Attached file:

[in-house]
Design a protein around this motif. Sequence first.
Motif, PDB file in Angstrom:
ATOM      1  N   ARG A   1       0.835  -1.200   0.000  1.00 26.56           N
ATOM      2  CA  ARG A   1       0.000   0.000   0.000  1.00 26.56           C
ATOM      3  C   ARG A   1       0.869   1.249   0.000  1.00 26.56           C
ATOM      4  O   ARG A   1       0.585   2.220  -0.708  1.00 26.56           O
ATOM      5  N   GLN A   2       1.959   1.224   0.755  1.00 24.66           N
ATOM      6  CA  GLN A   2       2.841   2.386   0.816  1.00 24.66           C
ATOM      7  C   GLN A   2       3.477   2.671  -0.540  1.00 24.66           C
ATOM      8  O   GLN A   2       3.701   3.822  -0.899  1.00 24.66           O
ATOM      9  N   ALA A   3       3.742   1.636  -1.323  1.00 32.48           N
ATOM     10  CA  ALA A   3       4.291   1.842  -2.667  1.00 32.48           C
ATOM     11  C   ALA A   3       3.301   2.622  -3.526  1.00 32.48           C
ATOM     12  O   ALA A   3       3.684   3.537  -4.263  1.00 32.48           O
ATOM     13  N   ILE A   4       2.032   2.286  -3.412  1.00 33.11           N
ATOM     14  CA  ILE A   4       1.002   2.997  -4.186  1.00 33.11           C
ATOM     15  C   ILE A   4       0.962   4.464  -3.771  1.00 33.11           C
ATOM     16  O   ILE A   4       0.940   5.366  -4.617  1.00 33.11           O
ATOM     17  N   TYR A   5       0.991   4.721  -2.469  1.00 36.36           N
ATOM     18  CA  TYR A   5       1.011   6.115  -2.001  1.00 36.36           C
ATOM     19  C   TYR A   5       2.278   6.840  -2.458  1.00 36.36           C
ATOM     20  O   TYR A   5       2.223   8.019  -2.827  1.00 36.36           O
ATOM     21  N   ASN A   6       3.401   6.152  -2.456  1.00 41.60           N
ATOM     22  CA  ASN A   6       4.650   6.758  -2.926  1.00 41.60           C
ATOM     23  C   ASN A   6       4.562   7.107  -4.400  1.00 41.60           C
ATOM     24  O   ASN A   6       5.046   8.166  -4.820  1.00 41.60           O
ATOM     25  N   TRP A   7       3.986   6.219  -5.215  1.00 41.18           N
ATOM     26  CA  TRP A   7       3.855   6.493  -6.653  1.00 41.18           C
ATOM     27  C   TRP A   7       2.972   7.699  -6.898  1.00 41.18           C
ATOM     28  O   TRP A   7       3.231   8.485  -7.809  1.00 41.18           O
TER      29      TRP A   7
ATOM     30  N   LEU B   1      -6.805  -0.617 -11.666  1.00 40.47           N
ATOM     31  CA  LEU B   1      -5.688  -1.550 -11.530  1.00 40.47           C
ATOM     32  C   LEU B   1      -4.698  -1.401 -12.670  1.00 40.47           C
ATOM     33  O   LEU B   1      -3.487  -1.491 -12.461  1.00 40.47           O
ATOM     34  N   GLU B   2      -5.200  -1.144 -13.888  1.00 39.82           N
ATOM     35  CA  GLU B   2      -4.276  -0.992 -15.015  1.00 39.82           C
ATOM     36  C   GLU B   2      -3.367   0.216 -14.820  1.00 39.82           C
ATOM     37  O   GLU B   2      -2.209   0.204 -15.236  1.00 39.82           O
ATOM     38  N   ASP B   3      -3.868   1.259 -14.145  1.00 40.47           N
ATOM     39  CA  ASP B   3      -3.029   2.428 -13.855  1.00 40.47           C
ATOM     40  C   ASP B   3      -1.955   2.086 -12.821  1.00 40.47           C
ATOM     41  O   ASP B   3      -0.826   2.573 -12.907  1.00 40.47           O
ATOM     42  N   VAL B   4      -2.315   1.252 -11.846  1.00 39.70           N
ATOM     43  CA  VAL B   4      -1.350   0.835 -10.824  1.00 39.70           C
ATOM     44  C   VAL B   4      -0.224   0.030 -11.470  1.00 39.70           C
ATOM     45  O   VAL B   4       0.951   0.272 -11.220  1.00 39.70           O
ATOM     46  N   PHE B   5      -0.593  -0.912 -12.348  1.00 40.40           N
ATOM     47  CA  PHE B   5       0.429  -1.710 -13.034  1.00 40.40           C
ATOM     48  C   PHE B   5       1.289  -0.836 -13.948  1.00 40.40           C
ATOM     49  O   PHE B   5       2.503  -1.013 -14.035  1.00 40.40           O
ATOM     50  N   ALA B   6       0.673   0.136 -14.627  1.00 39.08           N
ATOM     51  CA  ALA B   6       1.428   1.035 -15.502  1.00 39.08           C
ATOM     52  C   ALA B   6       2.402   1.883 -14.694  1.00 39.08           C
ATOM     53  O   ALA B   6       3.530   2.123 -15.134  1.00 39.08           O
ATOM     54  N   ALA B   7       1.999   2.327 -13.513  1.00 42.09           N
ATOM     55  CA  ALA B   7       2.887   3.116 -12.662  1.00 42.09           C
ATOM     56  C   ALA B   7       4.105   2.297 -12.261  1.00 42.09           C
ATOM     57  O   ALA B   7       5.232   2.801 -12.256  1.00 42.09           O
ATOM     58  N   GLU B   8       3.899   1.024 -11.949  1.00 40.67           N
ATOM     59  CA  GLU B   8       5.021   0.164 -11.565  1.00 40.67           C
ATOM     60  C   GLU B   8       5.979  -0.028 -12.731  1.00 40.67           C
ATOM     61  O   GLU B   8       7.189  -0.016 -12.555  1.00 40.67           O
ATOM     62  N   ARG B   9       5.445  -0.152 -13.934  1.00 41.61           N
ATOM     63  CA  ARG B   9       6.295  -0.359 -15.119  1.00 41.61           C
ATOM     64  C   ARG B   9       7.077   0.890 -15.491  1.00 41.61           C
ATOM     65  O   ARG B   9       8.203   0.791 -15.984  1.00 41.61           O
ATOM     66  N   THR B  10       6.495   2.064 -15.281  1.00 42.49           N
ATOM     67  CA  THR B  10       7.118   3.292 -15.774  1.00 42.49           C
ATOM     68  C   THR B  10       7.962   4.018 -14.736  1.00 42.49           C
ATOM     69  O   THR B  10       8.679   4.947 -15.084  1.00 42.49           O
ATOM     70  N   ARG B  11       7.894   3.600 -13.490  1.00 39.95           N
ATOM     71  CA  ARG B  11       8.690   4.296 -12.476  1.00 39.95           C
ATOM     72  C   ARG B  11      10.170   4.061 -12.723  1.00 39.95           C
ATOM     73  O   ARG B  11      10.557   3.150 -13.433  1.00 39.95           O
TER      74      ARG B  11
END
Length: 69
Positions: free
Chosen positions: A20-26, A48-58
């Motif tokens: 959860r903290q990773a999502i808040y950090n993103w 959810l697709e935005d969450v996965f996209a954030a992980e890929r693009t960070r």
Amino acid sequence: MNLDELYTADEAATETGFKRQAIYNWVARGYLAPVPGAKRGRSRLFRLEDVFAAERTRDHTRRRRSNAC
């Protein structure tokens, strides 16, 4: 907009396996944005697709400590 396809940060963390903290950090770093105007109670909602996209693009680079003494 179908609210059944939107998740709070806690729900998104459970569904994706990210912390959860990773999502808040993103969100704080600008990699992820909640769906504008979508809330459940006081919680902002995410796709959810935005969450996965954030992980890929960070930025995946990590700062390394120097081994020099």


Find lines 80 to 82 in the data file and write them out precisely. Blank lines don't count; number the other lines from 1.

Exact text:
Positions: free
Chosen positions: A20-26, A48-58
């Motif tokens: 959860r903290q990773a999502i808040y950090n993103w 959810l697709e935005d969450v996965f996209a954030a992980e890929r693009t960070r």